Common Types of Malware and how to Avoid Them

Malware is a catch all phrase that includes any sort of program designed to do harm to a computer or that disrupts its normal processes. This includes viruses, spyware, adware, and much more. Malware is one of the biggest enemies of any computer that has access to the Internet, be it a company computer or a personal one. The most common types of malware that you might acquire and they way in which they affect a computer are outlined in detail below.

Remote Administration Tools

Remote Administration Tools are also known as RATs. If you have a RAT infestation, it means that somebody has planted malware on your computer that will give a remote user administrator rights to your files. This can include gaining access to your personal software as well as some hardware like your computer's microphone or webcam. Essentially, anything you can do with your computer, somebody using a RAT can as well. This malware is usually spread by getting users to click on a link that they think is safe, especially via social media channels or file sharing networks. You should make sure to avoid any unknown files or links, as a single mistake can lead to a RAT infestation that can destroy your privacy.


Pros and Cons of Windows Remote Desktop Services

The Windows Remote Desktop Services, or Windows RDS for short, is Microsoft's remote desktop tool which is customized specifically to the features of Windows in all its various iterations. This service is available in both Windows 7 and Windows 8, and offers a free way to access a Windows computer remotely. Remote Utilities also supports RDP connection.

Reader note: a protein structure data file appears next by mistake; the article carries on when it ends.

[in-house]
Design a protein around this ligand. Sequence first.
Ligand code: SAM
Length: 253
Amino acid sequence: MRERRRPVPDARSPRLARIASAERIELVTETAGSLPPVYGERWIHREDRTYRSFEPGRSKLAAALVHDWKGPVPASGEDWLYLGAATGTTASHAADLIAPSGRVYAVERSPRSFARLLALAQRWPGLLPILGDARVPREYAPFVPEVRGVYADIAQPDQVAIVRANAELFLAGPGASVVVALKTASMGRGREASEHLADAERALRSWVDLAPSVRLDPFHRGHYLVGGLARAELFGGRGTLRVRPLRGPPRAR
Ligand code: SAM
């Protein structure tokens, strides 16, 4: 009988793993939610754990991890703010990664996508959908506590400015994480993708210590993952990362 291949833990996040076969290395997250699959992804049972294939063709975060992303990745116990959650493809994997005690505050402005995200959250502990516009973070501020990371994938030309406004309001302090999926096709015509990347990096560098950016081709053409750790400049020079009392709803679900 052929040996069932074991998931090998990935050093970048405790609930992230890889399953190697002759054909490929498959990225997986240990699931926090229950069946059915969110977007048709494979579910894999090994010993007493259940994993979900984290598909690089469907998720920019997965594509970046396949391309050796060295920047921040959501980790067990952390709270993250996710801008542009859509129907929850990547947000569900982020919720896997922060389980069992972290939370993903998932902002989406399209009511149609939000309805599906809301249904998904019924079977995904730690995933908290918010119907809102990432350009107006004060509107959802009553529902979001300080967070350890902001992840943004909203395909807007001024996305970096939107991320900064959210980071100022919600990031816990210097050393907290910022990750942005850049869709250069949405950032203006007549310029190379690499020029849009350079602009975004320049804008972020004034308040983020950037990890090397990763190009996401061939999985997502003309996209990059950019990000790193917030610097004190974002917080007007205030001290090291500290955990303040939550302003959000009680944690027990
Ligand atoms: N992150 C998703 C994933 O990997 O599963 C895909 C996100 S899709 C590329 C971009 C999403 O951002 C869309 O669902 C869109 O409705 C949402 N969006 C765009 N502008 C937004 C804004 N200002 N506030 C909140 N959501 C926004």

More information about RDS, including a complete rundown of all the pros and cons of this software, can be found below.

What is RDS?

This service, which is also known on some systems as the Windows Terminal Services, is targeted toward providing access from a distance for Windows users. This is ideal for businesses, especially if you have a centralized file storage but have employees who do a lot of traveling or who work from home. Because the technology was developed specifically by Microsoft, it has a great deal of compatibility with Windows and takes advantage of some special Windows only features. You can generally expect this system to work with both 32 bit and 64 bit applications on Windows, although you may have some compatibility issues when it comes to the remote access of certain third party products and programs.